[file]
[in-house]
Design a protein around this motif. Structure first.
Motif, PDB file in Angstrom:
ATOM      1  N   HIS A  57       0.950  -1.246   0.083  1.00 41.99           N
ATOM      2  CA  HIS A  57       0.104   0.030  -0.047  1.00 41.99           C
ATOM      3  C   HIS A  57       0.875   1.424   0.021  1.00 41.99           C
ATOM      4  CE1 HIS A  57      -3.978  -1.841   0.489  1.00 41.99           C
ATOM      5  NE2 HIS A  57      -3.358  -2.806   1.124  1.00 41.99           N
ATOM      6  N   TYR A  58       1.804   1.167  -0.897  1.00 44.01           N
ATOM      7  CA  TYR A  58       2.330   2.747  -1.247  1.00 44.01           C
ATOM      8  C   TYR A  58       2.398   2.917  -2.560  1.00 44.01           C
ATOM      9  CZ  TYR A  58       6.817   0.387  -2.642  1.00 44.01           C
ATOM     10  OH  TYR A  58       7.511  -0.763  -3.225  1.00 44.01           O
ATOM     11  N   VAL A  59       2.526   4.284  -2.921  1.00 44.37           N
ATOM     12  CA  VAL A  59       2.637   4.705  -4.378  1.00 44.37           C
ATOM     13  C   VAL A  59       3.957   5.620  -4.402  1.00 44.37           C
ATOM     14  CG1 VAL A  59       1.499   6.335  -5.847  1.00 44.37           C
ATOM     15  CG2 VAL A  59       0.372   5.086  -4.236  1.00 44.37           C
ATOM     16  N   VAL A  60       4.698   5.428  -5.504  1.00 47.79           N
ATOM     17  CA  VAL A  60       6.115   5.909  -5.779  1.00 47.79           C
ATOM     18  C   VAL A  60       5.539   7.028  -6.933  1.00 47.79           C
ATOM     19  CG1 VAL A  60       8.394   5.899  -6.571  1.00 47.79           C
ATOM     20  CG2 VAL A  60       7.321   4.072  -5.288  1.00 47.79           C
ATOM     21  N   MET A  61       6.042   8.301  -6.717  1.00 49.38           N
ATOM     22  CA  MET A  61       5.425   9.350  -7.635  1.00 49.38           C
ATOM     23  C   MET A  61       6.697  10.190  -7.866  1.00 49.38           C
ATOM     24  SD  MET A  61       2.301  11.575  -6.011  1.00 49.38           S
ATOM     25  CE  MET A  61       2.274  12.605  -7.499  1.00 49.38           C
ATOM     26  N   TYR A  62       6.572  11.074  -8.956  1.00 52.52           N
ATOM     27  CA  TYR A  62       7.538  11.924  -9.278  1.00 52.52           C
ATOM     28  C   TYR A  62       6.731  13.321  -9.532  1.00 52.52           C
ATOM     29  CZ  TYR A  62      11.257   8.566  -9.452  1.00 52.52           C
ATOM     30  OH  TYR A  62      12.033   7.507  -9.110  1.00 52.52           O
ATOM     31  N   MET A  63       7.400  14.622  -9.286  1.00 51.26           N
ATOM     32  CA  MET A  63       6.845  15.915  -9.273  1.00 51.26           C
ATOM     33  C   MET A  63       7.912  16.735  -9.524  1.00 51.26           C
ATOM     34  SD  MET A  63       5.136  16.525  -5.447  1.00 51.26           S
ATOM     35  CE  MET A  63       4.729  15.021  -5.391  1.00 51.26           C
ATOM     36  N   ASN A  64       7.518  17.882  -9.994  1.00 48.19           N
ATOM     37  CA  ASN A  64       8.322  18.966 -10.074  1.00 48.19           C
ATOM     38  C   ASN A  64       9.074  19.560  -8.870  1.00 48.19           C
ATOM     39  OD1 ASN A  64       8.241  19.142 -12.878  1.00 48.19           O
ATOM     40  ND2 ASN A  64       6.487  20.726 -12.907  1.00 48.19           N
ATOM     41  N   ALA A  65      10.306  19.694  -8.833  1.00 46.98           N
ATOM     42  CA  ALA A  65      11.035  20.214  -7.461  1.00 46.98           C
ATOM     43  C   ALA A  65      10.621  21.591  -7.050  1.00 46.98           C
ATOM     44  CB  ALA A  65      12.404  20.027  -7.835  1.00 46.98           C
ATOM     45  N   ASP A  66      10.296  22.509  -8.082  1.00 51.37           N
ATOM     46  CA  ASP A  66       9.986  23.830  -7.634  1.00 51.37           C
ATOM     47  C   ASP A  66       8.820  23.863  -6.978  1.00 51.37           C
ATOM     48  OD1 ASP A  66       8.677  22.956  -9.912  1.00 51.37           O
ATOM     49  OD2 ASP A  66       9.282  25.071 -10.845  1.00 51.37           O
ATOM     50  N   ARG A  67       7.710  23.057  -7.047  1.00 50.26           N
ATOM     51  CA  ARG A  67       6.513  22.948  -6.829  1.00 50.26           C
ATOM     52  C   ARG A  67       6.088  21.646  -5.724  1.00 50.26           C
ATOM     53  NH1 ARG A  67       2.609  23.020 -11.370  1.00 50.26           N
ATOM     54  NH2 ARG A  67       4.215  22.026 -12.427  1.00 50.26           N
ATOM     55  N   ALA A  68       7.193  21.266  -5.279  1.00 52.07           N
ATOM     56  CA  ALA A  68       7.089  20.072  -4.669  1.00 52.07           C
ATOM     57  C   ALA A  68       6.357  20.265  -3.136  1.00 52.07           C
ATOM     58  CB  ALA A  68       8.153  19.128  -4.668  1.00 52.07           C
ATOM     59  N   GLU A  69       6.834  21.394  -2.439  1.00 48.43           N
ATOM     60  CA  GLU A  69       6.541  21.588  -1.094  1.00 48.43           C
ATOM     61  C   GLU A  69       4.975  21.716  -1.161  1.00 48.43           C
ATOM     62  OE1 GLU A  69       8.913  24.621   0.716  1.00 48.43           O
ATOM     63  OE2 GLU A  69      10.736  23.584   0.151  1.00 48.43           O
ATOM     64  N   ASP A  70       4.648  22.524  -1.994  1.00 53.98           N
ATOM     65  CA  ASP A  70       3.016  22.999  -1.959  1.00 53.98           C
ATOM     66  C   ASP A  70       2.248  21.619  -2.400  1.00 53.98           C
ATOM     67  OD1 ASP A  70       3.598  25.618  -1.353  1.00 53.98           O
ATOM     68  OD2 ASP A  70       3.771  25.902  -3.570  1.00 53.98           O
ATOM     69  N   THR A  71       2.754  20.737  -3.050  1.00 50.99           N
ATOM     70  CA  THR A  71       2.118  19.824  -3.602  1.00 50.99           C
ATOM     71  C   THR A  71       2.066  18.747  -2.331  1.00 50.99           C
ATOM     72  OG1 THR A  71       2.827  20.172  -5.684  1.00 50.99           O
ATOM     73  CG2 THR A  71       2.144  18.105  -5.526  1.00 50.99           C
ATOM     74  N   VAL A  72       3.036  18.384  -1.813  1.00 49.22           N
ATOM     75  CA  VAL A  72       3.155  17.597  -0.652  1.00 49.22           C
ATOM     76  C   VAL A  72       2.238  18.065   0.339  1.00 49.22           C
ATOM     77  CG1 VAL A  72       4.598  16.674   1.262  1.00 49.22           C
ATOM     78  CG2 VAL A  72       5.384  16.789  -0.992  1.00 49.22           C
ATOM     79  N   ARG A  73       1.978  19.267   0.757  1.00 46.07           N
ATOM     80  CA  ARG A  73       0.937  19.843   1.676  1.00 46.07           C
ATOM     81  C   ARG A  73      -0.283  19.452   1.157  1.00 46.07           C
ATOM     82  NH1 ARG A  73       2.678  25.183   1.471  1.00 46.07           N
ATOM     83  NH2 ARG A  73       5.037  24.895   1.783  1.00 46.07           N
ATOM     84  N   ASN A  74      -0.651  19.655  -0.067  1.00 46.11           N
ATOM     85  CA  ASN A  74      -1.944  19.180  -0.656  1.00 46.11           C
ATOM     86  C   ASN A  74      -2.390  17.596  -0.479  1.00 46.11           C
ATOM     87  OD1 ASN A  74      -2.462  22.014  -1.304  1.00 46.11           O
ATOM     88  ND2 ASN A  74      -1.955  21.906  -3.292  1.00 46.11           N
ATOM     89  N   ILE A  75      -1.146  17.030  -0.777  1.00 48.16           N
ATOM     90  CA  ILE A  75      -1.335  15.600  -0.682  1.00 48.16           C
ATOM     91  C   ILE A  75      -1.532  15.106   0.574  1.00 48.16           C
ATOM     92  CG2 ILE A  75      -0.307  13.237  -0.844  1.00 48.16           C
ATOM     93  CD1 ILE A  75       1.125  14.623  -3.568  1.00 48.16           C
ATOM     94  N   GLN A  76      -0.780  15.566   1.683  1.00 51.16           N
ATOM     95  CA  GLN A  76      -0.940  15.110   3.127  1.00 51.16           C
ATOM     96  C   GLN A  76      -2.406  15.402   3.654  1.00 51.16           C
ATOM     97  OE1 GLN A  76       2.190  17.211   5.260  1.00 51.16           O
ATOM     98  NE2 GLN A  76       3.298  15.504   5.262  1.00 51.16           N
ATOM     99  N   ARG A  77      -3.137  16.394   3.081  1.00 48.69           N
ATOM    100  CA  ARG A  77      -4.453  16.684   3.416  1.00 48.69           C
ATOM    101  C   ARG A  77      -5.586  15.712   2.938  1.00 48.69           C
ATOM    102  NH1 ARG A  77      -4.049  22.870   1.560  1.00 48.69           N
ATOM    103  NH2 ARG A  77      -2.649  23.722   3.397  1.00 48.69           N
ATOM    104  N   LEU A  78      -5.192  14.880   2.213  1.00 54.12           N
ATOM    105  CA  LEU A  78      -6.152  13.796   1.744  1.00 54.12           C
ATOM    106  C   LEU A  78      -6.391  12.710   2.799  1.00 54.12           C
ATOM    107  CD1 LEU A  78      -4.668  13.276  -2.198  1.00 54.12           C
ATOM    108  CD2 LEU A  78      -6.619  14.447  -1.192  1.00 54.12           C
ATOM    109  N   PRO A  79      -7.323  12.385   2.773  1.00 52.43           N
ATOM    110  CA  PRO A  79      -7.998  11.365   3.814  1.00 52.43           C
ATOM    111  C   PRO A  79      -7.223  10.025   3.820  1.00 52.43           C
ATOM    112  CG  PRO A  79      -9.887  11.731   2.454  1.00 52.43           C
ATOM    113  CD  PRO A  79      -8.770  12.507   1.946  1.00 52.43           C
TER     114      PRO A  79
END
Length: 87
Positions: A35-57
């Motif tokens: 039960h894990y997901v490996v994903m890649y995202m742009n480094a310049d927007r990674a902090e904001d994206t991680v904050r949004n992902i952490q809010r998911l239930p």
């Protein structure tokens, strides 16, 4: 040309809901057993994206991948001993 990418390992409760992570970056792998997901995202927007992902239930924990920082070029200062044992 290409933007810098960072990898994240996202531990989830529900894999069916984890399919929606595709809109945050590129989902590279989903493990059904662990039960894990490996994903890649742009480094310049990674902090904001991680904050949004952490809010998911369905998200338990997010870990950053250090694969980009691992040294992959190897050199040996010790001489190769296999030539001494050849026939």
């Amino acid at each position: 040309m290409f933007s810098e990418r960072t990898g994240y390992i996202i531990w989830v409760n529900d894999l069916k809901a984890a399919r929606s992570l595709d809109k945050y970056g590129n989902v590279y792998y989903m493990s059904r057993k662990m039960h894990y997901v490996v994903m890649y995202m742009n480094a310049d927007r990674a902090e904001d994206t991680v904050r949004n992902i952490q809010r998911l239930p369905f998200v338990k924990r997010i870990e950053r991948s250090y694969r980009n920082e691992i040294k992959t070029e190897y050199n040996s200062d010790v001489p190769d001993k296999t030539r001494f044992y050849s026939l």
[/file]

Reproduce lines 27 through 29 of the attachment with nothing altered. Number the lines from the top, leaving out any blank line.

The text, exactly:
ATOM     24  SD  MET A  61       2.301  11.575  -6.011  1.00 49.38           S
ATOM     25  CE  MET A  61       2.274  12.605  -7.499  1.00 49.38           C
ATOM     26  N   TYR A  62       6.572  11.074  -8.956  1.00 52.52           N